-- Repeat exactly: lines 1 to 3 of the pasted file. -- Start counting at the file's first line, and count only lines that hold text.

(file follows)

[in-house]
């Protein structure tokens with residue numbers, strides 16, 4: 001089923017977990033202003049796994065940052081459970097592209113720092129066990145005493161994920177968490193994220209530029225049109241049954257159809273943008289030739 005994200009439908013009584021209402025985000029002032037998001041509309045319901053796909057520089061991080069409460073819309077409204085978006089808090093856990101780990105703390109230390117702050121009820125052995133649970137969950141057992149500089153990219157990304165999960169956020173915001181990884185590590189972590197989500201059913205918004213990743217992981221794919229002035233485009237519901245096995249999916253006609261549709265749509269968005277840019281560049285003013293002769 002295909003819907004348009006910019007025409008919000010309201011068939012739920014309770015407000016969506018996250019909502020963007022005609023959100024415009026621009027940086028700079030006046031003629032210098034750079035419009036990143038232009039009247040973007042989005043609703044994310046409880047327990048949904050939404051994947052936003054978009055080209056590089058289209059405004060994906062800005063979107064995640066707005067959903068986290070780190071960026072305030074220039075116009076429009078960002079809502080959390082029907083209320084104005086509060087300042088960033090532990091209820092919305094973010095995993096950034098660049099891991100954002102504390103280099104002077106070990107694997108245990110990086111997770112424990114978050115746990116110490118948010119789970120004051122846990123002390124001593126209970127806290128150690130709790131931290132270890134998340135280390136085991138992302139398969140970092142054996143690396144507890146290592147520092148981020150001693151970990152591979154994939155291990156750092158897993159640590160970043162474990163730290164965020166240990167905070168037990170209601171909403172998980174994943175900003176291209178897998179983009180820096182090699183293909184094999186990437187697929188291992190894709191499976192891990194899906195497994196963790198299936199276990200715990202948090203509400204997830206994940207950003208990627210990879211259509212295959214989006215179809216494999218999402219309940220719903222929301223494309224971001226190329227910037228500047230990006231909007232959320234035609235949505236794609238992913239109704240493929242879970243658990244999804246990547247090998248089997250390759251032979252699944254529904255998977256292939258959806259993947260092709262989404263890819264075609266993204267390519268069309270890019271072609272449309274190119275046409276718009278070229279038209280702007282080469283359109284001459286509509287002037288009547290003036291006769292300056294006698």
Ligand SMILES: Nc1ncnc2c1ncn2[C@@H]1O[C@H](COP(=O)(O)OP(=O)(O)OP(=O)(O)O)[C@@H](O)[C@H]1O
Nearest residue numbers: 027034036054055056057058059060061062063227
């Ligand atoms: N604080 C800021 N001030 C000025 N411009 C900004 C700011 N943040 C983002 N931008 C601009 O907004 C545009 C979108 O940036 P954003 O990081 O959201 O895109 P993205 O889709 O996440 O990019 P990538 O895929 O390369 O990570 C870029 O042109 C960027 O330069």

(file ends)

[in-house]
């Protein structure tokens with residue numbers, strides 16, 4: 001089923017977990033202003049796994065940052081459970097592209113720092129066990145005493161994920177968490193994220209530029225049109241049954257159809273943008289030739 005994200009439908013009584021209402025985000029002032037998001041509309045319901053796909057520089061991080069409460073819309077409204085978006089808090093856990101780990105703390109230390117702050121009820125052995133649970137969950141057992149500089153990219157990304165999960169956020173915001181990884185590590189972590197989500201059913205918004213990743217992981221794919229002035233485009237519901245096995249999916253006609261549709265749509269968005277840019281560049285003013293002769 002295909003819907004348009006910019007025409008919000010309201011068939012739920014309770015407000016969506018996250019909502020963007022005609023959100024415009026621009027940086028700079030006046031003629032210098034750079035419009036990143038232009039009247040973007042989005043609703044994310046409880047327990048949904050939404051994947052936003054978009055080209056590089058289209059405004060994906062800005063979107064995640066707005067959903068986290070780190071960026072305030074220039075116009076429009078960002079809502080959390082029907083209320084104005086509060087300042088960033090532990091209820092919305094973010095995993096950034098660049099891991100954002102504390103280099104002077106070990107694997108245990110990086111997770112424990114978050115746990116110490118948010119789970120004051122846990123002390124001593126209970127806290128150690130709790131931290132270890134998340135280390136085991138992302139398969140970092142054996143690396144507890146290592147520092148981020150001693151970990152591979154994939155291990156750092158897993159640590160970043162474990163730290164965020166240990167905070168037990170209601171909403172998980174994943175900003176291209178897998179983009180820096182090699183293909184094999186990437187697929188291992190894709191499976192891990194899906195497994196963790198299936199276990200715990202948090203509400204997830206994940207950003208990627210990879211259509212295959214989006215179809216494999218999402219309940220719903222929301223494309224971001226190329227910037228500047230990006231909007232959320234035609235949505236794609238992913239109704240493929242879970243658990244999804246990547247090998248089997250390759251032979252699944254529904255998977256292939258959806259993947260092709262989404263890819264075609266993204267390519268069309270890019271072609272449309274190119275046409276718009278070229279038209280702007282080469283359109284001459286509509287002037288009547290003036291006769292300056294006698």
Ligand SMILES: Nc1ncnc2c1ncn2[C@@H]1O[C@H](COP(=O)(O)OP(=O)(O)OP(=O)(O)O)[C@@H](O)[C@H]1O